A year on from their formation in the musty surroundings of a GCSE maths classroom,  Hertfordshire based alternative rock band,“The Replies”, are beginning to gain a rightfully earned name for themselves. The 4 man outfit consisting of; Isaac Franklin (lead vocalist / rhythm guitarist), Dylan Palmer (lead guitarist), Joseph Sykes (Bass guitarist), and Max Allen (Drummer) have seen themselves expand from the impracticality of playing in an impossibly cramped bedroom, to experiencing the thrill of upcoming live performances. With an upcoming gig that will see them perform at The Horn in St Albans on the 27th of February, I looked to find out more about the bands beginnings and what exactly makes them tick.


When Allen and Franklin first conceptualized visions of fashioning their own distinctive sound, the primary intention was simply to enjoy themselves.  Any form of music, let alone the layered and detailed music the two were hoping to create, would of course be difficult to formulate as an inexperienced duo. Thus, the pair found themselves searching for individuals who could fill the void that was presented before them. This search was a painless one. Allen and Franklin served as a mid-point through which the final pieces of the puzzle could be placed, with the prior acquiring the skills of Sykes and the latter Palmer. In hindsight the grouping was a foreseeable one, not only do they all share a similarly admirable sense of humour, but each member also shares, as Allen puts it, “a genuine love and passion for music”.


When I collectively asked Franklin and Allen what genre they would class their music as, they squabbled over the answer. Each of them opened their phones and browsed through spotify in order to find a sound that closely resembled their own, yet, even after partaking in detective work deserving of a place in a Sherlock Holmes novel, there remained an uncertainty regarding the topic. After some debate Franklin eventually gave me a definitive answer.


Alternative Rock.


The uncertainty of the pair speaks volumes about both the group as a collective and the music they are aiming to make. As a collective they are, as is usually the case in such circumstances, making music with the sole intention of enjoying themselves, while the music that they are manufacturing with said enjoyment is distinctly unique. As Allen described, while his eyes were transfixed on the Call of Duty campaign that was playing out in front of him, “All of us have a genuine passion for music and when you have a love for something, you want to make it yours”. His in game death that followed shortly after my untimely interruption allowed for a further elaboration, “We went straight into writing our own stuff” he said  “how good it was is another question, but we wanted to go straight into writing our own stuff”. Fortunately for the bands eager listeners, their music is leaps and bounds beyond Allens first person shooter abilities.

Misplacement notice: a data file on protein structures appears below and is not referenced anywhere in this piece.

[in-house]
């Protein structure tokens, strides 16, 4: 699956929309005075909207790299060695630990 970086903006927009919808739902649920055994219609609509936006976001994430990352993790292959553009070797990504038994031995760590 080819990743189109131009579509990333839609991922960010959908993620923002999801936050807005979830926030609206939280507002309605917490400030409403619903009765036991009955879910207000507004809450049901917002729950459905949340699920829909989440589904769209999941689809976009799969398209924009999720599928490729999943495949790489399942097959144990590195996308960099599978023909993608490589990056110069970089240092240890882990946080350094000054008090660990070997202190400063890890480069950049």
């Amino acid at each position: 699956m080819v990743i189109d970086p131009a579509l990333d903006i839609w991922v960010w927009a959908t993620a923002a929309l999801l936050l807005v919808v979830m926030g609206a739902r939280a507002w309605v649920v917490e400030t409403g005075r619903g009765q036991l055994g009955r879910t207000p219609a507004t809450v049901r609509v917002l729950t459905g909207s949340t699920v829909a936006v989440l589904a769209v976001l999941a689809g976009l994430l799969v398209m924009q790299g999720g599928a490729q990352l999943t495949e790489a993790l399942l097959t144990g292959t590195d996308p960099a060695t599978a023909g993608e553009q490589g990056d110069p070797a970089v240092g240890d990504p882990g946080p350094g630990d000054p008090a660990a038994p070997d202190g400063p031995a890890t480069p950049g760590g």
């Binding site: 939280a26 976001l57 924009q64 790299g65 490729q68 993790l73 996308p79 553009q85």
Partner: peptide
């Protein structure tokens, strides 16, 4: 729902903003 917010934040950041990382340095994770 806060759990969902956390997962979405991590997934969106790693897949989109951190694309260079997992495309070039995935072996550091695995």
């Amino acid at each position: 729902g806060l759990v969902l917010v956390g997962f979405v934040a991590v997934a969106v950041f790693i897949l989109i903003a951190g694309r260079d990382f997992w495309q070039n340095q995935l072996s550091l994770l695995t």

The past 12 months has seen the band construct a brief but intensely sincere discography.Their highly eulogised track ‘Paperweights’ details a girls dreams to escape to a better life as she is suffocated by the constraints of her hometown,  while the heartwarming tale, ‘Dream of Sleep’ places its focus on the nostalgic memories forged during childhood. Melodic earworms performed by Franklin are accompanied by the undeniably talented Palmer, while the hypnotic bass lines composed by Sykes along with the powerful beats devised by Allen provide a mesmerising foundation for the bands songs. 


As Allen vividly described the setting in which the band was initially forced to play in, the idea that the best music typically finds itself growing in the strangest scenarios rang true. In the case of the Hertfordshire outfit, these strange scenarios were not generated through the means of the hallucinogens that have enjoyed a persistent popularity within the music industry, but instead the conditions they were forced to play in during the infant stages of the bands development. With Allen’s house undergoing a somewhat extended 60 minute makeover, the group found themselves crammed into a space which can be most flatteringly defined as impractically small. When I asked the drummer about their initial playing conditions he chuckled and explained “We couldn’t move, with all of the gear in the room we couldn’t move, it was very funny”. 


The comedic bizzarity of the groups early days extends as far as their name itself. In the hope of receiving an answer detailing an intricate subliminal message regarding their name, I asked Franklin how exactly the group became known as ‘The Replies’. In the 40 second voice note that graced my SnapChat an hour later, I discovered that, despite not having the subliminal message I was hoping to find, the story of how the band's name took shape is interesting in its own right. After liking the sound of ‘The Re’,  they searched an oxford dictionary in order to find something that, in their eyes, worked. Eventually, after several different names were tried and tested, ‘The Replies’ was finally settled upon. Their amusingly unconventional technique was justified by Franklin as he explained, “All band names are s*** at the end of the day, all our favourite bands had s*** names, so we thought we'd just get something down”.


12 months and several teaser tracks later, The Replies are yet to look back over their guitar strapped shoulders, with new music in the works and a live performance over the horizon.


Tickets for the bands upcoming live show can be purchased from the band members for just £5 or through the official The Horn website that can be found at https://www.ticketweb.uk/event/crafty-second-bite-the-sideliners-the-horn-tickets/10344355. 


For any enquiries you are able to contact the band through their instagram account, @thereplies.


George Robertson.